Monthly Volunteer Spotlight: February 2018 Edition

Tuesday, February 27, 2018

This month, we’re turning the spotlight on a part of Central City Concern that hosts almost a quarter of all the volunteers at CCC! With so many great folks to share, we couldn’t pick just one, so this month’s spotlight features two of our dedicated volunteers from the Letty Owings Center (LOC). 

Since LOC’s first days, volunteers have played a large role in bringing activities and extra comforts to the mothers and children who live there. Nerissa Heller, who oversees LOC, had this to say about the value of having volunteers in the program: “Volunteers have supported LOC since its inception in 1989. It truly makes the women in our care feel valued and special to have volunteers take time out of their day to give them positive, caring attention.” 

Our two volunteers this month get to engage with mothers and children in two very different, but equally appreciated, ways. One thing that both of them share is the feeling that volunteership gives them as much if not more than they feel they give. Read on to hear about their work at LOC!

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Megan Hornby

How long have you been volunteering at the Letty Owings Center? Two years. We were supporting CCC financially while we were still working, but then when I was full-time retired I wanted to give some time.

What is it that you do as a volunteer? I come in and I help the staff at the nursery by holding babies, playing with the babies, and basically giving them a little help at the end of the week. When they are full with about seven or eight babies, it’s a lot to keep everybody peaceful and happy.

Did you have experience working with kids before volunteering? Yeah, I have a lot of grandchildren, none of whom live in the area, so that’s another reason I like playing with the babies. I also have a background in nursing and working with emotionally disturbed and mentally ill children.

What’s kept you coming back to volunteer? Volunteering, I decided, is something that I should really look forward to, otherwise I wasn’t going to be very good at it. So this is just one of my favorite days of the week because I enjoy being with the babies a lot and I enjoy the staff here. The staff are very professional and warm and appreciative. So it’s kind of a win-win. I always feel like I’m getting more than I give. I think that’s the secret of it. If you’re enjoying it every week, then you’re going to be a good, effective volunteer.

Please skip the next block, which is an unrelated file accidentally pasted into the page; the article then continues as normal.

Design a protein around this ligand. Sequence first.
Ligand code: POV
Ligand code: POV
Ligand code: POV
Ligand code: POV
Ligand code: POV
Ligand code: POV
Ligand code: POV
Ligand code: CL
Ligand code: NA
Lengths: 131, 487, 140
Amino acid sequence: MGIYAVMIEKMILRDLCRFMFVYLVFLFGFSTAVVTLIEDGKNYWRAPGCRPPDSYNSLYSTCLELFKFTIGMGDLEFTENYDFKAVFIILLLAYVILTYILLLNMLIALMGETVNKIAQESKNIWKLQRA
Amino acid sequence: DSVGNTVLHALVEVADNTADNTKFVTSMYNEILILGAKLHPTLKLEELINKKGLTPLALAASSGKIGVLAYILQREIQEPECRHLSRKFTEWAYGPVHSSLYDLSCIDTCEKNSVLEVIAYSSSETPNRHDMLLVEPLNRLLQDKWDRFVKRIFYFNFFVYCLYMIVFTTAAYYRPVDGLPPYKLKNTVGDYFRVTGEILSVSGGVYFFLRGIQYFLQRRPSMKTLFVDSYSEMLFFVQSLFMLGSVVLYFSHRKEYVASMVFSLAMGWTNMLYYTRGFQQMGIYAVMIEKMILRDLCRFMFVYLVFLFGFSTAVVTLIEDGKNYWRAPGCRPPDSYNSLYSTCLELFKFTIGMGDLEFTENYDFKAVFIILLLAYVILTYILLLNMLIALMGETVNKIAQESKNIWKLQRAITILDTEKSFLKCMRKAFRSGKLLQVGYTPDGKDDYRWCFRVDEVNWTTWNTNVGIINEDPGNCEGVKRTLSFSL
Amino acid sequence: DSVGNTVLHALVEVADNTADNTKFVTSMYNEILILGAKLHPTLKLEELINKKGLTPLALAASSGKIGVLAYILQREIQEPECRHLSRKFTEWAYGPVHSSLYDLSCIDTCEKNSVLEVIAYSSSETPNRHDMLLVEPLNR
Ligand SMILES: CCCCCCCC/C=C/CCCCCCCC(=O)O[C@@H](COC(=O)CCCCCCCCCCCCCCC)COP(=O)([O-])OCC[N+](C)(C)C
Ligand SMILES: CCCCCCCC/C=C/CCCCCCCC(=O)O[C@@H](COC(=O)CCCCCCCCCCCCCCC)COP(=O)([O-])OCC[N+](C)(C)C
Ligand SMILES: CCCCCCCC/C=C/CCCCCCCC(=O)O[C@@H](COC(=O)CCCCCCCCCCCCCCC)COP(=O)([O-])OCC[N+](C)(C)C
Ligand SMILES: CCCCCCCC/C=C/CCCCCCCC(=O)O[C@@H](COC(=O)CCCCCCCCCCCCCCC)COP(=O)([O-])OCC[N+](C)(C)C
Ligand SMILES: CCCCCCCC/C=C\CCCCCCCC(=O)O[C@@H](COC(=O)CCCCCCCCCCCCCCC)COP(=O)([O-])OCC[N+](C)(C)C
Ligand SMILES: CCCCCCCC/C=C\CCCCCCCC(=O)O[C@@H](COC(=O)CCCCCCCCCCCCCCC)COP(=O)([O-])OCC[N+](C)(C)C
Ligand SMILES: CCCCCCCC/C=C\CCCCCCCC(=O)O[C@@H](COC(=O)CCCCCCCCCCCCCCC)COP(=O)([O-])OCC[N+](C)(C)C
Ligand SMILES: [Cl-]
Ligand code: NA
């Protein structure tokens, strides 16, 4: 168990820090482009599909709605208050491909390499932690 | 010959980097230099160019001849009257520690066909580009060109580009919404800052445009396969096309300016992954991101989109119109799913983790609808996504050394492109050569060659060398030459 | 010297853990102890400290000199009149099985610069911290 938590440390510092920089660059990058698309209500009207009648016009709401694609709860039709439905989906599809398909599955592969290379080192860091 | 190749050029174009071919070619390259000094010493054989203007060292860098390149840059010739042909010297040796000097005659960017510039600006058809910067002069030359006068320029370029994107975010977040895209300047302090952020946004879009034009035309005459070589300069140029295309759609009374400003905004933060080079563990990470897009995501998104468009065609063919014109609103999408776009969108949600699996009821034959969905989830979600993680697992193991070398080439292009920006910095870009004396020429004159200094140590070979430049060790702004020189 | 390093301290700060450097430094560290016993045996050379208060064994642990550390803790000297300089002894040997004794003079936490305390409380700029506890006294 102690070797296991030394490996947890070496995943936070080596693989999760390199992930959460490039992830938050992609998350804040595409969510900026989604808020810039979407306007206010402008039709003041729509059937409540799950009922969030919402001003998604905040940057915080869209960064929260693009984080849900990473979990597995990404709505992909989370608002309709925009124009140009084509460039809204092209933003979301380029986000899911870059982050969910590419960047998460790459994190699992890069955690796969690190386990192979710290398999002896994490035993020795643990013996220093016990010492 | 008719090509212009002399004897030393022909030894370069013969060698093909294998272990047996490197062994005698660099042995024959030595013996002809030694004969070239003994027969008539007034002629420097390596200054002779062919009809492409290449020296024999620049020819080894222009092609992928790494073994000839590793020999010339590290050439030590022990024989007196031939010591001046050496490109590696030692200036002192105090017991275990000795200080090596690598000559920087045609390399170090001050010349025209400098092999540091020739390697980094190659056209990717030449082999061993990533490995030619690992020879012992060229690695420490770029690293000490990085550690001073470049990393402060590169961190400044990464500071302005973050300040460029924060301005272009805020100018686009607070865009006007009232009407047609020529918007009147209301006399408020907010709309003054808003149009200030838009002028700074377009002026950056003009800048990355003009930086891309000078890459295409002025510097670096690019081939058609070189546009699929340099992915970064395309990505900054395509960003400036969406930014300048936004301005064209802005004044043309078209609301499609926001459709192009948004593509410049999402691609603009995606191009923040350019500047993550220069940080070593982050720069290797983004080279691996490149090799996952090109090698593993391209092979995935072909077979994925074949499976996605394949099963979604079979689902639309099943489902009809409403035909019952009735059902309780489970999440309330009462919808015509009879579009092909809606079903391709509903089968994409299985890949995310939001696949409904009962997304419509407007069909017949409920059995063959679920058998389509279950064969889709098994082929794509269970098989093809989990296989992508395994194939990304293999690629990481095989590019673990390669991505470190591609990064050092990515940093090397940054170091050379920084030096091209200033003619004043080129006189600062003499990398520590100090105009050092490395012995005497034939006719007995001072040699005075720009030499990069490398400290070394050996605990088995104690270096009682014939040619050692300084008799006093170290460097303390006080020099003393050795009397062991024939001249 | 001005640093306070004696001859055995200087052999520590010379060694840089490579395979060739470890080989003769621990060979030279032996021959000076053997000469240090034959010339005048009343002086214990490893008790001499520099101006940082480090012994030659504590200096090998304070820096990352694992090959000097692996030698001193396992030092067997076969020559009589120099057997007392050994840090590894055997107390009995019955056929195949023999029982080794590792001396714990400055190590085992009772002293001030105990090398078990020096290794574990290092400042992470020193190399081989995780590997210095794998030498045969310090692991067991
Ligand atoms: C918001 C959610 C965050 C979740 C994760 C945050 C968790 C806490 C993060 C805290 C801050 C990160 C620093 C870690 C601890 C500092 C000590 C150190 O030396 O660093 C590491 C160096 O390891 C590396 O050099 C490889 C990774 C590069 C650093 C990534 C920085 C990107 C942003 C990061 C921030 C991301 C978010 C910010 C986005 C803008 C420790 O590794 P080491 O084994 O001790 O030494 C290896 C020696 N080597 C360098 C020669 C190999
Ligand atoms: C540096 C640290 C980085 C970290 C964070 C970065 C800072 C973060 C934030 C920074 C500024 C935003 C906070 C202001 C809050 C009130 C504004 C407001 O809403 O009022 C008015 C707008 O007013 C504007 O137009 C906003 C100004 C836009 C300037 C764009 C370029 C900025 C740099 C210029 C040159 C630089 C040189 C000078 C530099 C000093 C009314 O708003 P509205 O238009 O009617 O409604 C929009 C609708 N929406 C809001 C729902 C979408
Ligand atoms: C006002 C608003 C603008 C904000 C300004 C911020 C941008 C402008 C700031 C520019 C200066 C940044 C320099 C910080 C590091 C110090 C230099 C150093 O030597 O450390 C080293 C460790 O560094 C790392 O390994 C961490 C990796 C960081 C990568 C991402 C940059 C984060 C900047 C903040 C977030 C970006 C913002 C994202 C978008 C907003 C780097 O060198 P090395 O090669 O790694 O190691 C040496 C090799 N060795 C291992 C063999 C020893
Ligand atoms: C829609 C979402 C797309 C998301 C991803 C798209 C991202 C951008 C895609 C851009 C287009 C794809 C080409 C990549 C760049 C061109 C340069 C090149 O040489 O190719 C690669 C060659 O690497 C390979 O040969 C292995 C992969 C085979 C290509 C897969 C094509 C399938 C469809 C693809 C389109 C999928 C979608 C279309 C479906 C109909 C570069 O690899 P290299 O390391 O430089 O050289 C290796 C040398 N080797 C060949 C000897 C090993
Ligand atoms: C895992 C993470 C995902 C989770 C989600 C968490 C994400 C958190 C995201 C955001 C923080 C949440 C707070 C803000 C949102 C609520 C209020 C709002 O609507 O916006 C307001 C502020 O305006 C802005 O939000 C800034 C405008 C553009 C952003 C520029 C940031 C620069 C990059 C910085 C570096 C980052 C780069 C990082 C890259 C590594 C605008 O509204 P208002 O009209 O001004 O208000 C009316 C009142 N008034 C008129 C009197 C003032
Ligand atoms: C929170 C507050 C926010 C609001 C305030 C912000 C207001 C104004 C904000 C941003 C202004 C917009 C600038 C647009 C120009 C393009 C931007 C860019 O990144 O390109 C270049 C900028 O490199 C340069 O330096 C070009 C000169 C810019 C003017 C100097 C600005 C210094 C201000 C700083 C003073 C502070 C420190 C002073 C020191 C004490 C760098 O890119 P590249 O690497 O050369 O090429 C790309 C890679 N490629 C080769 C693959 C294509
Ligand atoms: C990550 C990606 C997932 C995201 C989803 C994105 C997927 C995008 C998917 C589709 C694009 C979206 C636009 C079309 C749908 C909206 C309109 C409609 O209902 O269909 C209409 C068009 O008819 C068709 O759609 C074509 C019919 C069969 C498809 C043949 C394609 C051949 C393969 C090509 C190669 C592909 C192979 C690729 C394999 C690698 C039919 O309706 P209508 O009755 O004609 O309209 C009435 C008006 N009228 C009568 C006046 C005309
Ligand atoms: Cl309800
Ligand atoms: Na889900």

Have there been any stand-out moments? I’ve enjoyed getting glimpses of the mothers. They’re pretty impressive. That they’re trying to deal with something that’s as difficult as addictions and at the same time balancing being a young parent. It’s pretty impressive to watch them go through the program and get their lives back on track. They do a lot of hard work to get there.

"I always feel like I’m getting more than I give. I think that’s the secret of it. If you’re enjoying it every week, then you’re going to be a good, effective volunteer."
-Megan H., CCC Volunteer

With your experience in mental health, do you see anything that’s different at CCC than other, similar services? I think the best thing about CCC that’s really unique is that it’s not fragmented so when somebody graduates from the Letty Owings Center, they still have the supports they need to go on to the next phase. They have housing, outpatient treatment, and they don’t get dumped in the system without those critical supports. That’s very unusual in the social services system and I think it’s one of the best things about CCC.

There’s almost a huge loop in that people that are super successful sometimes come back and work [with CCC], which also makes the whole culture of the program very hopeful. [Recovery] is a lifetime of work and here they see some of the staff people who are still working on it, but they’re working and they’re employed and they have homes and a life with real relationships. It’s a very hopeful place.